Completion of a $500,000 state-of-the-art training project for lique-fied natural gas funded by BP Global at Texas A&M University's Emergency Service Training Institute demonstrates BP's level of commitment to safety worldwide, said Les Bunte, ESTI's division director.
"The demand for LNG has obviously created more excitement in the market for the development of new LNG facilities," Bunte said. "BP is certainly to be saluted for their pioneer work."
Bunte's remarks came during ribbon cutting ceremonies marking the transfer of the project from BP to ESTI and the Texas Engineering Extension Service. Firefighters from the U.K., Australia, Trinidad, China and sites throughout the United State attending the annual Spring LNG training program were on hand for the ceremonies.
A plague commemorating the event states that ESTI's Brayton Fire Training Field in College Station, TX, is "the site of the world's most advanced LNG fireground provided to further the development of knowledge, research and skills training for emergency response teams, process personnel, design engineers and others from around the world in understanding the behavior and control mechanisms of LNG under fire and emergency conditions in production plants, terminals and marine installations."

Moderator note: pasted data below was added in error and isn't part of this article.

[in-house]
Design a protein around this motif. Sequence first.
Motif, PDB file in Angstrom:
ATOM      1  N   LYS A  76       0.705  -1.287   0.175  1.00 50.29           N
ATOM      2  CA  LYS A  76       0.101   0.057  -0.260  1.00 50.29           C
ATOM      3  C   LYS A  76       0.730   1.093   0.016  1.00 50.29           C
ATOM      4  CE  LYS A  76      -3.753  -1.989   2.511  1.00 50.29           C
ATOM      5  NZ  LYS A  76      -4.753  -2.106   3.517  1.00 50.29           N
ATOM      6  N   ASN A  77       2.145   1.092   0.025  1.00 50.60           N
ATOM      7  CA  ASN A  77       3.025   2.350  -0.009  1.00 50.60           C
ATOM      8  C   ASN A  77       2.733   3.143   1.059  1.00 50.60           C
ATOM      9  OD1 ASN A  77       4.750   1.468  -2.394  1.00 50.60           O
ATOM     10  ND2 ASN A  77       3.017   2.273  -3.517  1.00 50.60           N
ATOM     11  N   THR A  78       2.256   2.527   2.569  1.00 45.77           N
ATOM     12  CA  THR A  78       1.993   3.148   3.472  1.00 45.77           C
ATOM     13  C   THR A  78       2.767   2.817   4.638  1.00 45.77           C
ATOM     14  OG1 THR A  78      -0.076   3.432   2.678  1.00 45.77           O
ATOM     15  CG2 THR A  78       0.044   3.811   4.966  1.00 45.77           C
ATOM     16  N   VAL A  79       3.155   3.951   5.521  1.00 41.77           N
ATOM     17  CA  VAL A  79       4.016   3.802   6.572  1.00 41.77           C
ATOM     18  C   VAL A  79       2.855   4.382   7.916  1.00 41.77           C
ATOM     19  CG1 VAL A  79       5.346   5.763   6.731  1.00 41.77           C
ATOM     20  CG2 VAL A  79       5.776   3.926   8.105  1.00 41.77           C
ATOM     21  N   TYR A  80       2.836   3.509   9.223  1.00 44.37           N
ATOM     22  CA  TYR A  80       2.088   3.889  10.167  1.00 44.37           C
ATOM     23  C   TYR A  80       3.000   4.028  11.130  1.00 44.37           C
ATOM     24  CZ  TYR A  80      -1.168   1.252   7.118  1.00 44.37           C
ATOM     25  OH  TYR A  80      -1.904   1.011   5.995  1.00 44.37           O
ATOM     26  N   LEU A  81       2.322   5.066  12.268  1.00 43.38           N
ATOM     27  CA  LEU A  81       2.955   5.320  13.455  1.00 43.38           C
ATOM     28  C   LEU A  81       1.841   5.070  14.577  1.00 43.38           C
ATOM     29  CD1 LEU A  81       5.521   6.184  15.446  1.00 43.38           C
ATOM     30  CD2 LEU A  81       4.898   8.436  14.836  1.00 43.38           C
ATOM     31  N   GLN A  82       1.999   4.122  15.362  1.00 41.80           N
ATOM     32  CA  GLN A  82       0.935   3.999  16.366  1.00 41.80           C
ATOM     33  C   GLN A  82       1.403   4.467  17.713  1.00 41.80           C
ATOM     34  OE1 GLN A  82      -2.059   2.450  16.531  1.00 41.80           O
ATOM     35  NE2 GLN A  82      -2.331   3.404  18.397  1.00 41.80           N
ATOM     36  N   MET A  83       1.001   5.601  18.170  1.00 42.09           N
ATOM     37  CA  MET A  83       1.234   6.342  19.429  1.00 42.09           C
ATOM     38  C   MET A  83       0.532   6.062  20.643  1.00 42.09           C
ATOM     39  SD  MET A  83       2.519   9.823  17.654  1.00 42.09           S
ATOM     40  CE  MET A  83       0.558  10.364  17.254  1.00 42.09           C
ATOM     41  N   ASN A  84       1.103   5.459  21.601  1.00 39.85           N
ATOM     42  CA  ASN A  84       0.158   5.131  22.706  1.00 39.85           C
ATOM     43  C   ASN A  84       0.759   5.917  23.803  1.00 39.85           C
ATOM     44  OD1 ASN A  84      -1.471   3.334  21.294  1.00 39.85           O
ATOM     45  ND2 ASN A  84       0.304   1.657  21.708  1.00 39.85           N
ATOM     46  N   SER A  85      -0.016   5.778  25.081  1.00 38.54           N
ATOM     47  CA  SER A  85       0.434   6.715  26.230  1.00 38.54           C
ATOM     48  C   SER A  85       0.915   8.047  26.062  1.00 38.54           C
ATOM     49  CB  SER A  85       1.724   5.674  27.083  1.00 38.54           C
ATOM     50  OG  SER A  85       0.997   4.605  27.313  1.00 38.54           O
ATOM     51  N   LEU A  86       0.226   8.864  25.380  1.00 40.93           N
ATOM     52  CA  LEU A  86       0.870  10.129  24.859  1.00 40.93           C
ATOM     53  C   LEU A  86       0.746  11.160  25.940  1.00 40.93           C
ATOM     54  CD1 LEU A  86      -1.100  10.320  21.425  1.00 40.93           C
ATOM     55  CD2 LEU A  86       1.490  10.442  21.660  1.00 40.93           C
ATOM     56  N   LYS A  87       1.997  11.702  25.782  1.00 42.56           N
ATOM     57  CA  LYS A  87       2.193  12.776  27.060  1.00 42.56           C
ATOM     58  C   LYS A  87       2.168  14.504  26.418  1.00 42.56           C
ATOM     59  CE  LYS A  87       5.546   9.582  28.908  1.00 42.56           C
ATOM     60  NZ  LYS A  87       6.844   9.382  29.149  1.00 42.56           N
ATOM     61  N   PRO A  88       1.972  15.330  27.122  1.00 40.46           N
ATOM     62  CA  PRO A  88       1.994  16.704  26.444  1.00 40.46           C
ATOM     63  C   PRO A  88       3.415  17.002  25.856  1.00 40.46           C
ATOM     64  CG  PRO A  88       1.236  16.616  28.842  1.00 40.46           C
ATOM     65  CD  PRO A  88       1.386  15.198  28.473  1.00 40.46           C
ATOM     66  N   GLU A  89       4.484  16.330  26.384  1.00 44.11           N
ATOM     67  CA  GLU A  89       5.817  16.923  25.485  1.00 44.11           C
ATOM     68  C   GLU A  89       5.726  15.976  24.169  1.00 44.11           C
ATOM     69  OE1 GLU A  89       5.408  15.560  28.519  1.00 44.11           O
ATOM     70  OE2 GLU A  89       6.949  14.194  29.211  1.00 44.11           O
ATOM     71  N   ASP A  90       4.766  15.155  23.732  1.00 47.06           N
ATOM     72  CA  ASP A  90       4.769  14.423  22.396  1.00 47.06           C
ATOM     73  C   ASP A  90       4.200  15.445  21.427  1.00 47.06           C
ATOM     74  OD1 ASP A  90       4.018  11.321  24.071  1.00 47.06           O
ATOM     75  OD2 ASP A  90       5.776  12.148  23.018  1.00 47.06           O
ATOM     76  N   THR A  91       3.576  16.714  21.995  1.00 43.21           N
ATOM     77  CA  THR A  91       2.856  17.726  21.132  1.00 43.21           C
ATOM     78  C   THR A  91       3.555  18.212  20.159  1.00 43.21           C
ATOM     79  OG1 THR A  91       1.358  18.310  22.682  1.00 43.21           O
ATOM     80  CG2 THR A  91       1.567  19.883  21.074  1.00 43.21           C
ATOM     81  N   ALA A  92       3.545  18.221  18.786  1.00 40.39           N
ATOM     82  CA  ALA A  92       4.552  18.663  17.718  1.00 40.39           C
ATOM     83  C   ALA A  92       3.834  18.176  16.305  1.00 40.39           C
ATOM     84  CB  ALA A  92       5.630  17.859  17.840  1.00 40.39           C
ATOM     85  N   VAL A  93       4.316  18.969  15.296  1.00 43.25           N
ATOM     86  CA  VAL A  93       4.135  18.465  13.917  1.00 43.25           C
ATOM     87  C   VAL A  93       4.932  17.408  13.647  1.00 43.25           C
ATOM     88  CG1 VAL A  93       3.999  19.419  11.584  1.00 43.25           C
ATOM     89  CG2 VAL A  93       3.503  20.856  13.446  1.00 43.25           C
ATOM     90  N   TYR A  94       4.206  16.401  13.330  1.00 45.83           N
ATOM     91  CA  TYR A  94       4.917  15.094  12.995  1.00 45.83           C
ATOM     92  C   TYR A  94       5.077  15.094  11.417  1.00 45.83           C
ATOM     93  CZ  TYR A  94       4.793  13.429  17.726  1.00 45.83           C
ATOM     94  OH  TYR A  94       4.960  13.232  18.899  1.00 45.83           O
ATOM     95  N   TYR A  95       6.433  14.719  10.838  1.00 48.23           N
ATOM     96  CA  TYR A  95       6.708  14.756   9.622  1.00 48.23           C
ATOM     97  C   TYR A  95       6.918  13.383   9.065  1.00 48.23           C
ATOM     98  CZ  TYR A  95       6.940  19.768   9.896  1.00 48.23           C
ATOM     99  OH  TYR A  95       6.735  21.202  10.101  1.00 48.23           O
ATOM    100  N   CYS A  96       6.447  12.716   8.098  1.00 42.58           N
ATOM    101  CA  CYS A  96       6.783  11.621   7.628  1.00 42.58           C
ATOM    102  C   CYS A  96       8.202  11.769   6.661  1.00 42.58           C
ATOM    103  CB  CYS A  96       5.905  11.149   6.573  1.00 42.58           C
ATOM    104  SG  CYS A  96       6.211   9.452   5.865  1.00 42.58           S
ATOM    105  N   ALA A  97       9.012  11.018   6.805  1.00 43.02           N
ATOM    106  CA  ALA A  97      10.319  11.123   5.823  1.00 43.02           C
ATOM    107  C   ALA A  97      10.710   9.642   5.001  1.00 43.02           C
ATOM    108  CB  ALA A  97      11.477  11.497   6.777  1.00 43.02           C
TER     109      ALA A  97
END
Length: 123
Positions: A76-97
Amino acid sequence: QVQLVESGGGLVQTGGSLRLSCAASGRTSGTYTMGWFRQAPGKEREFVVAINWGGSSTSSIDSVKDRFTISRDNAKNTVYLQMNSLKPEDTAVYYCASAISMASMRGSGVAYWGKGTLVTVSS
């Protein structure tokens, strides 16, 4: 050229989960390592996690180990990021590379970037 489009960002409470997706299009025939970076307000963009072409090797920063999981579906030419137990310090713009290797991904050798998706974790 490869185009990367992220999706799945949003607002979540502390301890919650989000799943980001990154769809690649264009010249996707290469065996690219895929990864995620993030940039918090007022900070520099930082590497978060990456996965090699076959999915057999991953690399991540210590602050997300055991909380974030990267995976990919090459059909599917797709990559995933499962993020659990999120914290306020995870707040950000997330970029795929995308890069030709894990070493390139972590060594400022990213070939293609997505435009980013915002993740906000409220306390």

The LNG project is a joint development sponsored by BP Group Technology and BP Global LNG BU in conjunction with TEEX, a member of the Texas A&M University System.
"I would say that this definitely underscores the commitment that BP has made to assuring the safe handling of LNG worldwide because many of our students come from all parts of the globe," Bunte said.
Bunte recognized representatives of manufacturers who donated fire protection equipment to the project, including Angus Fire, Ansul, Micropack, International Coatings, Knowsely, Honeywell Analytics, Detection and Measurement Systems and Resource Protection International.
Participating in the ribbon cutting were Dan McCoy, health, safety and environment manager at BP's Crown Landing in New Jersey; Robin Passmore, manager of health, safety and security for BP Global Energy and Richard Coates, retired group fire advisor for BP. Representing TEEX was associate director Arturo Alonzo.
Passmore said the LNG project was not about BP but about the LNG industry as a whole.
"We really saw what an important tool this project is to the LNG industry," Passmore said. "We all need to be well trained and conversant in every aspect and behavior of LNG. We need to be able to talk knowledgably about LNG."
Both Bunte and Passmore noted the importance of Coates' contribution.
"Richard is the fire advisor who introduced new technology at BP," Passmore said. "This is very much Richard's legacy."
Coates, who now serves as a consultant to BP on LNG training, complemented the ESTI staff for their work in making the LNG project possible.
"Les has a phenomenal team," Coates said. "They work all the hours that God sends."